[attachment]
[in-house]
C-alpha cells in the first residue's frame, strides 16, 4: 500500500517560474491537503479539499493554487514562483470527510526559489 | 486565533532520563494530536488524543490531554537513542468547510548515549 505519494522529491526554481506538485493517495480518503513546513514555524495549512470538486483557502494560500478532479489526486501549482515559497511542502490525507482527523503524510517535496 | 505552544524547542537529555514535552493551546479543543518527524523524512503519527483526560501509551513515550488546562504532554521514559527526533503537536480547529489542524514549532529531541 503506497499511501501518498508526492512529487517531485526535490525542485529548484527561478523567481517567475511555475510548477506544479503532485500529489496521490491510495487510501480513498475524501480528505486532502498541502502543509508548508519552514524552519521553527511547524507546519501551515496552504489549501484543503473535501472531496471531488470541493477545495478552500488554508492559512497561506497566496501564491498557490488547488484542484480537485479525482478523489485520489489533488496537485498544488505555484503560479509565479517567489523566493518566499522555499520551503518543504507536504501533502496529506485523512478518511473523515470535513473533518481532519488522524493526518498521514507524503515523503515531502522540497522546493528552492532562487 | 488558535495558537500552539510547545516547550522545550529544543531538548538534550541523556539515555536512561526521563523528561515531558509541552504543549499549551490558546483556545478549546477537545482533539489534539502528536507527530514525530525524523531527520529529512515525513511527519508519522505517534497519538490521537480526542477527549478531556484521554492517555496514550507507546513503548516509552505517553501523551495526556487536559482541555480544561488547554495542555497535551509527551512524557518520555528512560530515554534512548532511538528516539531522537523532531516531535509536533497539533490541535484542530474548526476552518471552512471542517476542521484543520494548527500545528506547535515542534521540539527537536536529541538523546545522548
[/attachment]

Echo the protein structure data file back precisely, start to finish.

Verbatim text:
[in-house]
C-alpha cells in the first residue's frame, strides 16, 4: 500500500517560474491537503479539499493554487514562483470527510526559489 | 486565533532520563494530536488524543490531554537513542468547510548515549 505519494522529491526554481506538485493517495480518503513546513514555524495549512470538486483557502494560500478532479489526486501549482515559497511542502490525507482527523503524510517535496 | 505552544524547542537529555514535552493551546479543543518527524523524512503519527483526560501509551513515550488546562504532554521514559527526533503537536480547529489542524514549532529531541 503506497499511501501518498508526492512529487517531485526535490525542485529548484527561478523567481517567475511555475510548477506544479503532485500529489496521490491510495487510501480513498475524501480528505486532502498541502502543509508548508519552514524552519521553527511547524507546519501551515496552504489549501484543503473535501472531496471531488470541493477545495478552500488554508492559512497561506497566496501564491498557490488547488484542484480537485479525482478523489485520489489533488496537485498544488505555484503560479509565479517567489523566493518566499522555499520551503518543504507536504501533502496529506485523512478518511473523515470535513473533518481532519488522524493526518498521514507524503515523503515531502522540497522546493528552492532562487 | 488558535495558537500552539510547545516547550522545550529544543531538548538534550541523556539515555536512561526521563523528561515531558509541552504543549499549551490558546483556545478549546477537545482533539489534539502528536507527530514525530525524523531527520529529512515525513511527519508519522505517534497519538490521537480526542477527549478531556484521554492517555496514550507507546513503548516509552505517553501523551495526556487536559482541555480544561488547554495542555497535551509527551512524557518520555528512560530515554534512548532511538528516539531522537523532531516531535509536533497539533490541535484542530474548526476552518471552512471542517476542521484543520494548527500545528506547535515542534521540539527537536536529541538523546545522548